By William Herbert Carruth

A fire-mist and a planet -
  A crystal and a cell
A jelly-fish and a saurian,
  And caves where the cavemen dwell;
Then a sense of law and beauty
  And a face turned from the clod -
Some call it Evolution,
  And others call it God.

A haze on the far horizon,
  The infinite, tender sky,
The rich ripe tint of the cornfields,
  And the wild geese sailing high -
And all over the uplands and lowland
  The charm of the golden rod —
Some of us call it Autumn,
  And others call it God.

Like tides on a crescent sea-beach,
  When the moon is new and thin,
Into our hearts high yearnings
  Come welling and surging in -
Come from the mystic ocean
  Whose rim no foot has trod -
Some of us call it Longing,
  And others call it God.

A picket frozen on duty -
  A mother starved for her brood -
Socrates drinking the hemlock —
  And Jesus on the rood;
And millions who, humble and nameless,
  The straight hard pathway plod -
Some call it Consecration,
  And others call it God.

(by another hand)

Brethren banded together
  Hand in hand for good,
Joined for mankind’s uplift,
  United in brotherhood.
Each of the band a builder,
  Faces turned from the sod;
Some folks call it Masonry
  And others call it God.

(Familiar, joyous and nostalgic, this sweet song is loved by all who know it.)

I Sat in Lodge with You

By Wilbur D. Nesbit

There is a saying filled with cheer,
  Which calls a man to fellowship.
It means as much for him to hear
  As lies within the brother-grip.
Nay, more! It opens wide the way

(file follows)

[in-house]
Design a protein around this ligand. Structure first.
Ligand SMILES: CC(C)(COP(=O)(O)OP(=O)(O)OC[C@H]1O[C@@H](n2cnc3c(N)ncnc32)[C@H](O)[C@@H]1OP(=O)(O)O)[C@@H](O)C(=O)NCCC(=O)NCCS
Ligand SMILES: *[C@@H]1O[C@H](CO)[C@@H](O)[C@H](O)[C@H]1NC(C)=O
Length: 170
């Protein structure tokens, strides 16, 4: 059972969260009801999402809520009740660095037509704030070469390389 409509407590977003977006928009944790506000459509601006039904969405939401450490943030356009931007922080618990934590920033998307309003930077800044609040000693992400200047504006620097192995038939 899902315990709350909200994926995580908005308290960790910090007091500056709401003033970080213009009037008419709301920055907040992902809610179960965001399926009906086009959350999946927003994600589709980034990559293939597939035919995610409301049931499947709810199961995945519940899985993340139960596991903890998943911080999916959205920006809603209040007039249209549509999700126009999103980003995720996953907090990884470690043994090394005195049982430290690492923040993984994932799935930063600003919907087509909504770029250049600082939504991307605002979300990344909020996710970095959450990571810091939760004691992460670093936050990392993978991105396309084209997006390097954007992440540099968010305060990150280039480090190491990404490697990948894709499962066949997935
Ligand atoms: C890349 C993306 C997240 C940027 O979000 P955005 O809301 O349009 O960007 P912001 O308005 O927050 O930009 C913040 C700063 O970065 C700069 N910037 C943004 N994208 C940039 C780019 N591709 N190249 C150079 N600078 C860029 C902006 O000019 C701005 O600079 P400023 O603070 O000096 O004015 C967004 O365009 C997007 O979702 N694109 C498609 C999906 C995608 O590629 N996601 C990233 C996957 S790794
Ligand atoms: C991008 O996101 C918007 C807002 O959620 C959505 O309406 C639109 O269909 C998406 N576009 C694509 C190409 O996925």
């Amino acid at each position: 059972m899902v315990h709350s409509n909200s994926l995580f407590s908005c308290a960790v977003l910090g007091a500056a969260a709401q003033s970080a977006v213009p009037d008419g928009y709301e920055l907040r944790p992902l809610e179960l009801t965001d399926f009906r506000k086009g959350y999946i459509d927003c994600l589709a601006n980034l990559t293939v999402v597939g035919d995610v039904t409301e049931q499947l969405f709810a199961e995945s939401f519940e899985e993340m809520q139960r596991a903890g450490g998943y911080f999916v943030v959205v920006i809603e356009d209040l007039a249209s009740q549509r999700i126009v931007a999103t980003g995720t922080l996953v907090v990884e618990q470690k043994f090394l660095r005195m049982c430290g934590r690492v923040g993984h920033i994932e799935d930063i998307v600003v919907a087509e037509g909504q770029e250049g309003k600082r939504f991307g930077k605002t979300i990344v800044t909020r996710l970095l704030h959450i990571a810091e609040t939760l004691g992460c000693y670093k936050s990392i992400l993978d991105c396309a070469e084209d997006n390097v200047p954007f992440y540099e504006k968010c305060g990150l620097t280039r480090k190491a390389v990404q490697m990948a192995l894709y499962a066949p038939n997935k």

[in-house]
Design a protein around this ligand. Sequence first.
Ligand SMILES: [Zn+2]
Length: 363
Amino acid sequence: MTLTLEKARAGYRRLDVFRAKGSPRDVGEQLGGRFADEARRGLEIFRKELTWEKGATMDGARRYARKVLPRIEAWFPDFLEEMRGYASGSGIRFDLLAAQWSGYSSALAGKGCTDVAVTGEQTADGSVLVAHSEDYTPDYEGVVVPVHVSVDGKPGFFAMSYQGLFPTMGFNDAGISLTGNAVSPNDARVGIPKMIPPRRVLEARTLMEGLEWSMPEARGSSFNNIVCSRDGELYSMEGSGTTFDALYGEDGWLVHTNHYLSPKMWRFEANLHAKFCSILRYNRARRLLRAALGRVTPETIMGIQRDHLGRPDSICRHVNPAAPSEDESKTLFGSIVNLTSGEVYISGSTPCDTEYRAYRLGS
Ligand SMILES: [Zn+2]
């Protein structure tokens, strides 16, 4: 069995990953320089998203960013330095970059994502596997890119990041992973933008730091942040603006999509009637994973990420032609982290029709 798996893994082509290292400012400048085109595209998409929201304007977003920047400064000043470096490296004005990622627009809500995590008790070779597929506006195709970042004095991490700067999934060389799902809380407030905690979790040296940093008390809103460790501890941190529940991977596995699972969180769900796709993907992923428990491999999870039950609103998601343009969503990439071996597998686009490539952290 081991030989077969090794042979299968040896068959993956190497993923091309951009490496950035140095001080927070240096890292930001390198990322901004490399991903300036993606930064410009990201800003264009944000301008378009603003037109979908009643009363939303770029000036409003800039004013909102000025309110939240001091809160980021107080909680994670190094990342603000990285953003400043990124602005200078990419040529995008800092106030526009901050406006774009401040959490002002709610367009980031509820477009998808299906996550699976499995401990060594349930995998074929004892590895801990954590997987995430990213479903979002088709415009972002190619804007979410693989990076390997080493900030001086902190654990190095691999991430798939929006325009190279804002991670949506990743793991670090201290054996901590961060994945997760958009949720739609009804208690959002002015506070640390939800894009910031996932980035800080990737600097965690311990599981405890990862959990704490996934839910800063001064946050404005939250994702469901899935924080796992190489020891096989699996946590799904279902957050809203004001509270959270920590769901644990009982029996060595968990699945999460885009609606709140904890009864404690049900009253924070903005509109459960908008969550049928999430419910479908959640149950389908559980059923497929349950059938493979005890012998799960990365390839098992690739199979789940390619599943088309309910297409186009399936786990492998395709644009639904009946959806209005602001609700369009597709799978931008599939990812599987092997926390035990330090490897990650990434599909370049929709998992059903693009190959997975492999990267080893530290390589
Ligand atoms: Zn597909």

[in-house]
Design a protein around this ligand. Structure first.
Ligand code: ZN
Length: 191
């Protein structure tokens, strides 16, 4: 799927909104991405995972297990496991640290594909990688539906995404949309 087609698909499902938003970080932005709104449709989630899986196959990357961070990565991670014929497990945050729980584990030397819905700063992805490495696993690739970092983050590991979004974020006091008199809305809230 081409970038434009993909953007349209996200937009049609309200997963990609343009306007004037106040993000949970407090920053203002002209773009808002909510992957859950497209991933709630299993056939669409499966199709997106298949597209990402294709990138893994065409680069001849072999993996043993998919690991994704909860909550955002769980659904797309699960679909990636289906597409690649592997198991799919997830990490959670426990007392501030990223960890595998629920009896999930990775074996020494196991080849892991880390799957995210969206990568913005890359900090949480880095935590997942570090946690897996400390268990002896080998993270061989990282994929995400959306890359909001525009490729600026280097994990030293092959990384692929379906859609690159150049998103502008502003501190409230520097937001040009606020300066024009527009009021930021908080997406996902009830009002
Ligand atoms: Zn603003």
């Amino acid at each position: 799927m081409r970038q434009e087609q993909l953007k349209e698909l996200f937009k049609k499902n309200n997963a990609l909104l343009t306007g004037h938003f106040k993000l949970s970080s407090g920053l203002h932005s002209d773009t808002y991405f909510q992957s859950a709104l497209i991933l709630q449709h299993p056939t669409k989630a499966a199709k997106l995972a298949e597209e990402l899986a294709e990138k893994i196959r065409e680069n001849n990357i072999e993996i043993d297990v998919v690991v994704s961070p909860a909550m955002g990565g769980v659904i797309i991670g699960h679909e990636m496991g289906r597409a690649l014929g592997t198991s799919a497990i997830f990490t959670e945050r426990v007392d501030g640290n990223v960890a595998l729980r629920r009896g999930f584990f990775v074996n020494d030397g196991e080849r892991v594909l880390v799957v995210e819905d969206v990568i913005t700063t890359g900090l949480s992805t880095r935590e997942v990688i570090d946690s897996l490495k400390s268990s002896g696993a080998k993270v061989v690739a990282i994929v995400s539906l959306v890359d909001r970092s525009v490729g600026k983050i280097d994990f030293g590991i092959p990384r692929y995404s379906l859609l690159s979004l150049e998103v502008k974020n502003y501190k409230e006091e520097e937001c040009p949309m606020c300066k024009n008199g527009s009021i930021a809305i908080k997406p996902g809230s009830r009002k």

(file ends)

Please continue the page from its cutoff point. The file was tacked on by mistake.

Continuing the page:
To friendliness sincere and true;
There are no strangers when you say
  To me: “I sat in lodge with you.”

When that is said, then I am known;
  There is not questioning or doubt;
I need not walk my path alone
  Nor from my fellows be shut out.
Those words hold all of brotherhood
  And help me face the world anew -
There’s something deep and rich and good
  In this: “I sat in lodge with you.”

Though in far lands one needs must roam,
  By sea and shore and hill and plain,
Those words bring him a touch of home
  And lighten tasks that seem in vain.
Men’s faces are no longer strange
  But seem as those he always knew
When someone rings the joyous change
  With his: “I sat in lodge with you.”

So you, my brother, now and then
  Have often put me in your debt
By showing forth to other men
  That you your friends do not forget.
When all the world seems gray and cold
  And I am weary, worn and blue,
Then comes this golden thought I hold -
  You said: “I sat in lodge with you.”

When to the last great lodge you fare
  My prayer is that I may be
One of your friends who wait you there,
  Intent your smiling face to see.
We, with the warder at the gate,
  Will have a pleasant task to do;
We’ll call, though you come soon or late:
  “Come in! We sat in lodge with you!”

(Grandeur of conception is in the depths of this solemn chant.)

The Voice of America

By Josephine B. Bowman

I have taken the breed of all nations,
  Barred no religion or race;
From the highest and lowest of stations
  They came — and I found them place.

Powers invisible drew them,
  Freedom unborn was their quest,
’Til my uttermost borderlands knew them —
  The least of the world and the best.

They came with the wisdom of sages,
  The darkness, the stain and the dirt,
They came with the glory of ages,
  And I took them — my hope and my hurt.

I have gathered the breed of all nations,
  Drawn from each caste and each clan;
Tried them and proved them and loved them
  And made them American.

Made them a nation of Builders,
  Fearless and faithful and free,
Entered them, passed them and raised them
  To the Master’s Sublime Degree.

Theirs is the task of restoring
  The Ancient and Honored Guild —
The work to the Speculative,
  The spirit to those who build.

’Til none shall be less than a Master,
  And know but one Ruler above,
Bound by the spirit of justice
  And the mortar of brotherly love.

’Til the house shall belong to the Workman
  And the Craft come again to its own;
And this is your task, oh, my people!
  Through you will the Lost Word be known.

The Masonic Service Association of North America